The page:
Seeking Signs of Life On Mars
Thursday, Feb. 10, 2011 — 8:00 p.m.
Science Center 199
Diverse organic molecules containing carbon, hydrogen, oxygen, nitrogen and sulfur are common in meteorites, comets, and interplanetary dust particles. These pre-biotic ingredients rain down on planetary surfaces, providing molecular building blocks for a potential origin of life anywhere where liquid water is present. Ancient Mars appears to be particularly well suited for the transition from pre-biotic to biological activity given increasing evidence of an active water cycle and diverse aquatic environments around 4 billion years ago. The scientific and engineering community has proposed a 2018 rover mission to drill and cache samples as the first step in a campaign to bring Martian rocks and soils back to Earth for study. In preparation for seeking evidence of past or present Martian life, innovative new life-detection instruments are being tested in harsh Arctic and Antarctic environments.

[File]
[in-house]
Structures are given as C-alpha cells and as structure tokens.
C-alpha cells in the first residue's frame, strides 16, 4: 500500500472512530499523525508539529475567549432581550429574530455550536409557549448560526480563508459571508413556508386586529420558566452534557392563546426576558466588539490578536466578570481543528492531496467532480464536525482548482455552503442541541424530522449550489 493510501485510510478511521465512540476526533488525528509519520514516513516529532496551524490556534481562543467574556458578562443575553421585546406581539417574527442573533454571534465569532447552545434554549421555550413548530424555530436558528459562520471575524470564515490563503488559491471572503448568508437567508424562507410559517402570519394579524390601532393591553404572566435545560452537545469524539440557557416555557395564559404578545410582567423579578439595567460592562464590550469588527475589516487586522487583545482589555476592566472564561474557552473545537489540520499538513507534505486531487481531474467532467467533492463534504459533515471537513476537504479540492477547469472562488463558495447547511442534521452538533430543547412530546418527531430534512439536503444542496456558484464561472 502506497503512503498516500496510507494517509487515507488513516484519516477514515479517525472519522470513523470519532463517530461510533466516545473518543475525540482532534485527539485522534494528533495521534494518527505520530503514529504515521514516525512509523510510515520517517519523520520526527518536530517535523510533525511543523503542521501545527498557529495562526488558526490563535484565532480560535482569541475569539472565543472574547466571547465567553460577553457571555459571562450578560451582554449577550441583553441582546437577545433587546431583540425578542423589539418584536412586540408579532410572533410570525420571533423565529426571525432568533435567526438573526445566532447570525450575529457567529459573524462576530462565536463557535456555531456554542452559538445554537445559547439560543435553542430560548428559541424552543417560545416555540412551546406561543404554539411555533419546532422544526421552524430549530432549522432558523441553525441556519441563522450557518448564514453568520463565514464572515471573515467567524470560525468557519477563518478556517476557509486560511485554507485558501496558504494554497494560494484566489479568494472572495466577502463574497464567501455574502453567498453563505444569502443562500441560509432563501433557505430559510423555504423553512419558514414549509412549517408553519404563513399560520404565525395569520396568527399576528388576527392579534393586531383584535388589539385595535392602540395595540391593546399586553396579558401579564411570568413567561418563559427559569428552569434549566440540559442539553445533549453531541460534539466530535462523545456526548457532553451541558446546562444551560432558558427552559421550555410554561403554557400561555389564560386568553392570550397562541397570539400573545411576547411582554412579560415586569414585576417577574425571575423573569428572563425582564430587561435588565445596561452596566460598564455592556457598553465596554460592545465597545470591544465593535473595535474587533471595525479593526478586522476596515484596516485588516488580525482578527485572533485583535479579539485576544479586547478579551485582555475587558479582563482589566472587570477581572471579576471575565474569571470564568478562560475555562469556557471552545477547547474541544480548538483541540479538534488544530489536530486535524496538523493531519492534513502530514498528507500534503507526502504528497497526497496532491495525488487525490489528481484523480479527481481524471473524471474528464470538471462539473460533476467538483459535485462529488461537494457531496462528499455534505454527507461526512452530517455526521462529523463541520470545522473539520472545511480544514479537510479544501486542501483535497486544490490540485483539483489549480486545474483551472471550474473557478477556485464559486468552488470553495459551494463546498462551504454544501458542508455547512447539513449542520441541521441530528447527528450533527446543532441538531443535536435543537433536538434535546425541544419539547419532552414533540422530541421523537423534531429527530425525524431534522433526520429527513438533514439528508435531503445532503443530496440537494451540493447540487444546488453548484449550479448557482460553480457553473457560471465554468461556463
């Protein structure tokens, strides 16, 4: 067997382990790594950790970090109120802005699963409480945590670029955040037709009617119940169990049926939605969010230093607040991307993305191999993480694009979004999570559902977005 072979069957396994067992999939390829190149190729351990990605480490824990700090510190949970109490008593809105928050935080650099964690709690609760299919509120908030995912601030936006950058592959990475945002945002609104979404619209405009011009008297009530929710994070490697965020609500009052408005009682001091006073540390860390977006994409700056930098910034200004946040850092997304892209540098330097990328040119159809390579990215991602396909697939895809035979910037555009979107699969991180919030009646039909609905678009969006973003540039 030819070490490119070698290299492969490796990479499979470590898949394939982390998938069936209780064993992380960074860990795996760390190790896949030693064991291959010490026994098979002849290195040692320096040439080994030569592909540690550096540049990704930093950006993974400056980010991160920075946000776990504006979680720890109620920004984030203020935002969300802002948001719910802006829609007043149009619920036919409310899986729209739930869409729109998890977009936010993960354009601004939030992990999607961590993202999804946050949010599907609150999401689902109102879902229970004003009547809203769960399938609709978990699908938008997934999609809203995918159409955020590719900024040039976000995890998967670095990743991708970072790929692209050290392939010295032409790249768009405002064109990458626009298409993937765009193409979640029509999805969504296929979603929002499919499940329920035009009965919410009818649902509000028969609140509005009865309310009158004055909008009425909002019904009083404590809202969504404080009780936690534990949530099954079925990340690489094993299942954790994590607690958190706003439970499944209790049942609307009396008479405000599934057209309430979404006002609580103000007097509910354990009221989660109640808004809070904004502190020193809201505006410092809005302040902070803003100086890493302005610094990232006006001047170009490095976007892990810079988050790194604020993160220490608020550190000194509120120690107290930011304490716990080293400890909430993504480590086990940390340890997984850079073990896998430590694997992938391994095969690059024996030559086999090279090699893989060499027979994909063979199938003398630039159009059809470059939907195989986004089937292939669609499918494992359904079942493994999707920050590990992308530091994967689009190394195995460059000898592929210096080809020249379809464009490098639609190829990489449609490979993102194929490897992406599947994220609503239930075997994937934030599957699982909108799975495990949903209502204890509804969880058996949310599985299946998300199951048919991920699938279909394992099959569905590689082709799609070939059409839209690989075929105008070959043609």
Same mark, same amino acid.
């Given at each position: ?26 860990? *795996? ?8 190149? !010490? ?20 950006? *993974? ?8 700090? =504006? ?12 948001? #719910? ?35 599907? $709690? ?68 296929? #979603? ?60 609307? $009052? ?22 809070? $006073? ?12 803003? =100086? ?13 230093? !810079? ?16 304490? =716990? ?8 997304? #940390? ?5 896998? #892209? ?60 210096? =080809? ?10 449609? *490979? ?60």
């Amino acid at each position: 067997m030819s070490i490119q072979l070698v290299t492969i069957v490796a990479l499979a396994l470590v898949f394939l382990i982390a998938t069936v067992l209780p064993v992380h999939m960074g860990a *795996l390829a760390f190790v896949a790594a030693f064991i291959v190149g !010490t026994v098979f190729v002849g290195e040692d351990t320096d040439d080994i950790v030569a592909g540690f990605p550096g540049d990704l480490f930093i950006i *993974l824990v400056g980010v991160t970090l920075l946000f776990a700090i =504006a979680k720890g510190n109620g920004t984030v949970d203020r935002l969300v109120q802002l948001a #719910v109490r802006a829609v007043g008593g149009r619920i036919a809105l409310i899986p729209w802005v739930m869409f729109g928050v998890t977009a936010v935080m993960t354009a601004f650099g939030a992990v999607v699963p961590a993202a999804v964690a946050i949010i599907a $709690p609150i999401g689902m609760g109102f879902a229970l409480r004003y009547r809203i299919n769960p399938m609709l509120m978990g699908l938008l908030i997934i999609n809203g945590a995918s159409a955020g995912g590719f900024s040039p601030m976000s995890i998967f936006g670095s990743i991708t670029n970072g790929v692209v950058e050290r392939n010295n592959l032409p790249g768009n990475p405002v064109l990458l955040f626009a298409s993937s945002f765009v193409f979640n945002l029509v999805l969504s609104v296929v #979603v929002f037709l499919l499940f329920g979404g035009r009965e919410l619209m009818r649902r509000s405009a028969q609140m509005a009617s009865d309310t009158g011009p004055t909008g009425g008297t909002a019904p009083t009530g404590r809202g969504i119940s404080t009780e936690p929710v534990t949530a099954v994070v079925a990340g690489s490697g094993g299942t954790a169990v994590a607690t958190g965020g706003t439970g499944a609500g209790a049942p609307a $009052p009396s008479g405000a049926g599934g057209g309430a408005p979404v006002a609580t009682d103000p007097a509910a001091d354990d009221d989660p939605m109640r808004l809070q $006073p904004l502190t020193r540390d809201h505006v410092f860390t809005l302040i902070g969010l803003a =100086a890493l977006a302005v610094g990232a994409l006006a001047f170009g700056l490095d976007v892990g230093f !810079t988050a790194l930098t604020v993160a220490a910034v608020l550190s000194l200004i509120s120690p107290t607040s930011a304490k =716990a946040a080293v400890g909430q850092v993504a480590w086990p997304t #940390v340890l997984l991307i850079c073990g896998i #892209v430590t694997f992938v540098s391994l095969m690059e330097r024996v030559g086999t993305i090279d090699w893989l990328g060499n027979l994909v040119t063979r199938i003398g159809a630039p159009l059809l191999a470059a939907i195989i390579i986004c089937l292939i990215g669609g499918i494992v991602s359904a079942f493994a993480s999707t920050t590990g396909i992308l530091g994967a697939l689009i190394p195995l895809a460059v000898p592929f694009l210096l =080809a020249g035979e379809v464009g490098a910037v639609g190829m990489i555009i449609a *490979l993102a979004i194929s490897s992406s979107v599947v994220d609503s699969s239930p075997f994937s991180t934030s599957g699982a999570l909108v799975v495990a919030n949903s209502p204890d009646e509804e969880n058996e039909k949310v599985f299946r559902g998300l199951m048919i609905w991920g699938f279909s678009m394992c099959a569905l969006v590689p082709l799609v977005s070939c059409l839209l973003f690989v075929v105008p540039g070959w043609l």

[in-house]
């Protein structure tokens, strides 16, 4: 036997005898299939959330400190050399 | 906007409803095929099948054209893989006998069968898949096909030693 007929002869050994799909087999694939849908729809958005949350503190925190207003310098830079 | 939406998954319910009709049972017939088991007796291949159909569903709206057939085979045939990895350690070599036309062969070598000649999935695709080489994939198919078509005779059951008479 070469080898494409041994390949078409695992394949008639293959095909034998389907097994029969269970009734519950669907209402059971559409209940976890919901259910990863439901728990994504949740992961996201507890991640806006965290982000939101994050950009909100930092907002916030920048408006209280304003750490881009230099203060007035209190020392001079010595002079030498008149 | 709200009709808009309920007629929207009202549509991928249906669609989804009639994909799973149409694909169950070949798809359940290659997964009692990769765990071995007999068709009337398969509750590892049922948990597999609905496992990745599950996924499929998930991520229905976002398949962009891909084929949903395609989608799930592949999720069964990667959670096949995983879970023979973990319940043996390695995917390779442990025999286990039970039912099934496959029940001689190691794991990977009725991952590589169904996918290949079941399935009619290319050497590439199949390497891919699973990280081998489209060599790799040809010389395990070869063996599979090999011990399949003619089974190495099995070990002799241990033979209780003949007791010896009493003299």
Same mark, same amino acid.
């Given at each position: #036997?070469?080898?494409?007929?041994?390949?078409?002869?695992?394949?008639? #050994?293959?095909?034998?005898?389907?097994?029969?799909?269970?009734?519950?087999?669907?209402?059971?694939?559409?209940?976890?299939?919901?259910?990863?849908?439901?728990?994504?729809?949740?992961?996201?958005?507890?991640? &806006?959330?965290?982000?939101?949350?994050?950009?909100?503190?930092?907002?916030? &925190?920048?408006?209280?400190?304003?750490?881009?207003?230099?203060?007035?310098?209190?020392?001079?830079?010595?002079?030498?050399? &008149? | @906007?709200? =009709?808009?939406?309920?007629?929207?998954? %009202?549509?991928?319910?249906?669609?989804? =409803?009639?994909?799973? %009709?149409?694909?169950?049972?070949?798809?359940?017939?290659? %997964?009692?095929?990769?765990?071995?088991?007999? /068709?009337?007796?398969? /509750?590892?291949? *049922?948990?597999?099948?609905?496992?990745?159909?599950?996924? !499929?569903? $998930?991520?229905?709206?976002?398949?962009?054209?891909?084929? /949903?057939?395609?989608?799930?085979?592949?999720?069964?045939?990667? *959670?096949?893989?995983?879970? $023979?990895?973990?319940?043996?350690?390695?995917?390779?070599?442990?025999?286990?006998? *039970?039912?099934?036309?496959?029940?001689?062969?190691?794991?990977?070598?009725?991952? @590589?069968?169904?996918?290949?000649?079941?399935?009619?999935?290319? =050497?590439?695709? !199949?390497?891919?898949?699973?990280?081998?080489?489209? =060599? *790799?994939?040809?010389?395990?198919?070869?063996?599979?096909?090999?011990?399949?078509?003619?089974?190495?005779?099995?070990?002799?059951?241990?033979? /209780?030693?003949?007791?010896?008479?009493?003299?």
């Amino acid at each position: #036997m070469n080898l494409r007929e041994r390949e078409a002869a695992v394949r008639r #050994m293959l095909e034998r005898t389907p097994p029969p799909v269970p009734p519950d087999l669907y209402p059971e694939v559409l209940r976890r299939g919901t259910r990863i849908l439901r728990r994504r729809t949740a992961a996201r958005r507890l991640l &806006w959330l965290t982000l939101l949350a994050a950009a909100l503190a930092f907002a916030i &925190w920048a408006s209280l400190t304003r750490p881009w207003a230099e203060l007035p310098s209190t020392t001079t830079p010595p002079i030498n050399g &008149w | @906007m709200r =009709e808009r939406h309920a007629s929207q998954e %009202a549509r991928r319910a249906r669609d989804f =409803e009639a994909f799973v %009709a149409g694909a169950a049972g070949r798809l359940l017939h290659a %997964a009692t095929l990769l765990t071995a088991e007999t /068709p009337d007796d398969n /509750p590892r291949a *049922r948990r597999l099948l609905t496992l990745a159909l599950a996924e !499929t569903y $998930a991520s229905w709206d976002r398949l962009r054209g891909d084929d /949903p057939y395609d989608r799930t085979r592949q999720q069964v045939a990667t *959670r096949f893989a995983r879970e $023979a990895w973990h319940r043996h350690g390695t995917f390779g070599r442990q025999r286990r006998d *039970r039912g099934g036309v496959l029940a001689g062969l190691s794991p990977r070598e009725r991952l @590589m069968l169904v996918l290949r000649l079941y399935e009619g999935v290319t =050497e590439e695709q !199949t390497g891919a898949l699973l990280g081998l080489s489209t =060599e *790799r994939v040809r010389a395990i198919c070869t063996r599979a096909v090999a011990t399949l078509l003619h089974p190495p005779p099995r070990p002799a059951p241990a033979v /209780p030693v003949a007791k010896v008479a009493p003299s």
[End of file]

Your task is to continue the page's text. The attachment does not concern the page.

Lisa M. Pratt is Provost's Professor of Geological Sciences at Indiana University. As part of her research into life-sustaining energy for microbes in the deep subsurface of Earth, she has collected samples of water, rock, and natural gas in active gold mines at depths up to 2.5 miles below the surface in South Africa and in the Canadian Arctic. Her research on radiolysis of water as a source of energy for microbial metabolism has been highlighted worldwide. She recently chaired a NASA science advisory group that proposed a 2018 rover (Mars Astrobiology Explorer and Cacher), equipped to drill and encapsulate rock cores as the first step in a sample return campaign.